I sometimes compare commercial brokers to attorneys. When people (that are not legal professionals) have legal issues, they could try to represent themselves, but it’s not a good idea. Without the vast knowledge and understanding of the minute details that a qualified attorney possesses, there’s a high probability that details could be overlooked and costly mistakes be made. Good attorneys know the most current laws and the smartest strategies and tactics for addressing legal issues. An attorney is an expert consultant for legal issues, and a commercial real estate broker is an expert consultant for real estate transactions.
A commercial broker can represent buyers, sellers, landlords and tenants. So let’s take a look at what a broker can do for sellers.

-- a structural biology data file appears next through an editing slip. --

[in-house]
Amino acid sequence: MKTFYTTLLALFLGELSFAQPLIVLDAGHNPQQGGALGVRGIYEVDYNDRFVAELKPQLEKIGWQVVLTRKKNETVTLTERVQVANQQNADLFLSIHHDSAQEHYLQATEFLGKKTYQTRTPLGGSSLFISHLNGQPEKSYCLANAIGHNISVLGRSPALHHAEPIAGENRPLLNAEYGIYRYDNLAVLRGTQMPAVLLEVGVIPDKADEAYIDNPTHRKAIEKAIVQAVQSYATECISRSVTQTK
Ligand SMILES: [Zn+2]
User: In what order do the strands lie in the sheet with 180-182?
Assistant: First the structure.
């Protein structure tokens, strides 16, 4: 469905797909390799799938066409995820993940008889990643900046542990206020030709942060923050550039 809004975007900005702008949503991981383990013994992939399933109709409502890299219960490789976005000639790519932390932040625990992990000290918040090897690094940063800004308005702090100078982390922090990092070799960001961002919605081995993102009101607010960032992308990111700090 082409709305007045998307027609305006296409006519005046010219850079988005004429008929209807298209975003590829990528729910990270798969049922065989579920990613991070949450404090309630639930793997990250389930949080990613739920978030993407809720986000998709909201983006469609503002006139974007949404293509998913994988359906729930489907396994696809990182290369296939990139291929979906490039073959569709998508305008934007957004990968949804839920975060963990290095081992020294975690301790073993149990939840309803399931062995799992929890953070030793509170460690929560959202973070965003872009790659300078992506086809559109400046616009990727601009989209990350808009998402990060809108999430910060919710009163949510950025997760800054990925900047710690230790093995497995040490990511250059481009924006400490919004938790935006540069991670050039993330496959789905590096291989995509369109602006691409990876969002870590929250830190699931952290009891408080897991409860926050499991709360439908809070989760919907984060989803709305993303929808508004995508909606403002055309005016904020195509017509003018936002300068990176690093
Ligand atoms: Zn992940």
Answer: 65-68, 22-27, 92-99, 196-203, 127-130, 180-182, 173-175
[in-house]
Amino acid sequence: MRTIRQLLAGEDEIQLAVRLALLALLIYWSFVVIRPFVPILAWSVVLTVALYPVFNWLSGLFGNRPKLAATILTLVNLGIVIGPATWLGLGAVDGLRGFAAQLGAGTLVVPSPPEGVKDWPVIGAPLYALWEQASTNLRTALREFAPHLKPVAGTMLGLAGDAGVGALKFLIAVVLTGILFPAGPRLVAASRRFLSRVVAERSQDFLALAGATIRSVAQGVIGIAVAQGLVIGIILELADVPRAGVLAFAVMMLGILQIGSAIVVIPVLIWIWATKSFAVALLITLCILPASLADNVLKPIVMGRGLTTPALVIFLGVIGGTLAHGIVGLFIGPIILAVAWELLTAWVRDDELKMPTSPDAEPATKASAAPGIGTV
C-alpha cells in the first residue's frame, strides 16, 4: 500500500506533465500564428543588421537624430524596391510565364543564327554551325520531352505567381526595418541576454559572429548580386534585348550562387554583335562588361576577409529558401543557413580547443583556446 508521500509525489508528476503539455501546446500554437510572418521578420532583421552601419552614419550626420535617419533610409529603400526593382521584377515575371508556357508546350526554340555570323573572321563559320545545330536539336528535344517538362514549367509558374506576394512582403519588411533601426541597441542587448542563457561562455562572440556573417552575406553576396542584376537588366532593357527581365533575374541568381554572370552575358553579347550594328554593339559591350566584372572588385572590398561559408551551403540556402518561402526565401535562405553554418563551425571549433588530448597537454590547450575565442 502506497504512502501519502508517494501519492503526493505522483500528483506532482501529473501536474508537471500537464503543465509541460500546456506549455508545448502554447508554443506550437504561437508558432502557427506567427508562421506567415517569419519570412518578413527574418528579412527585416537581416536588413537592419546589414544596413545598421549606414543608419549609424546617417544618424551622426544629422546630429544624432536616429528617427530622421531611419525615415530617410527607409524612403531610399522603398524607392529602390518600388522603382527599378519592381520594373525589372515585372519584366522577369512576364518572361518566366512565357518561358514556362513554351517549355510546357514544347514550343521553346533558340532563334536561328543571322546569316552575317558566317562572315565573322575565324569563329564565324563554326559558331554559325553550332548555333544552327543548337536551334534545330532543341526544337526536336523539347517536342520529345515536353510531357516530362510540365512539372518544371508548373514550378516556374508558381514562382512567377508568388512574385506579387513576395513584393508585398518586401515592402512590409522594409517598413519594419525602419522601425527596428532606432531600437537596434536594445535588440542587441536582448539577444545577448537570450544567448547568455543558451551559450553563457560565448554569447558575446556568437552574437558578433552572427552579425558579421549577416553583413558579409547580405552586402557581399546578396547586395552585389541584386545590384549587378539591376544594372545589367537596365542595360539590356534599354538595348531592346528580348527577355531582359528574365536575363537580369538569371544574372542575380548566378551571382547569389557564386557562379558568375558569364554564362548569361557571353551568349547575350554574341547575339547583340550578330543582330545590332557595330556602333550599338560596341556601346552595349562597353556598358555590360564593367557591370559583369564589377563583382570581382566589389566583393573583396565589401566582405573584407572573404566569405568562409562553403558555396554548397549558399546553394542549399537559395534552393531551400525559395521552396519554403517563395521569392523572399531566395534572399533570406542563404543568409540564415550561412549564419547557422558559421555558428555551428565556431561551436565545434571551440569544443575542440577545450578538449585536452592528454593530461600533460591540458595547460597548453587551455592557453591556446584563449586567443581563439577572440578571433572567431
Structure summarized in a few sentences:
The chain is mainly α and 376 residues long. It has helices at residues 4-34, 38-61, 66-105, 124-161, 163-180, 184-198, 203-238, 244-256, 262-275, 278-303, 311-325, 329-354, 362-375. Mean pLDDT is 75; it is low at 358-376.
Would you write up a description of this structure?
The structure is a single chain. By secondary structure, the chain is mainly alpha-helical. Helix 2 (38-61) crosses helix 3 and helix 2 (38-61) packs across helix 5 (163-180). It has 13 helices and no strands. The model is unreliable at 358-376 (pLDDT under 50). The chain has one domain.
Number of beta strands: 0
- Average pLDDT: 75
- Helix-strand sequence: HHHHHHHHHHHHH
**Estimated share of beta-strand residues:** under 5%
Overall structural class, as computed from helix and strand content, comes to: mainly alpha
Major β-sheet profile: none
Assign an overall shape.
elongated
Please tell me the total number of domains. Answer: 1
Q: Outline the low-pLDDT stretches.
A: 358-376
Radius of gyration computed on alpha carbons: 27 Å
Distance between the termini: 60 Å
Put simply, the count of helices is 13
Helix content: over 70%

One of the most important benefits that a reputable broker offers a seller is effective marketing. Obviously, when sellers list properties, they need to get the word out to viable buyer prospects. This is how they reach the best prospects and they get the best price for the property. Unlike most property owners, quality brokers have a wide variety of marketing tools and resources at their disposal and the expertise to use those tools to maximize the exposure of the property to the target audience most likely to be interested in buying. Because a broker has these tools in place and uses them often, he or she will be able to run each marketing campaign efficiently and cost effectively. Marketing for-sale properties is something most brokers do practically every day, so the process usually runs like a well-oiled machine. Once the seller submits the details of the property, the broker will have it in the MLS system, on multiple internet real estate sites, and in all the right print publications almost immediately. In most cases, signs, flyers, email blasts, direct mail and other communications channels will also be used to enhance the campaign. In addition to the standard marketing channels, if a broker has been working in the area for an extended period of time, he or she has probably built up a network of relationships with clients, investors and other brokers that will result in some excellent leads.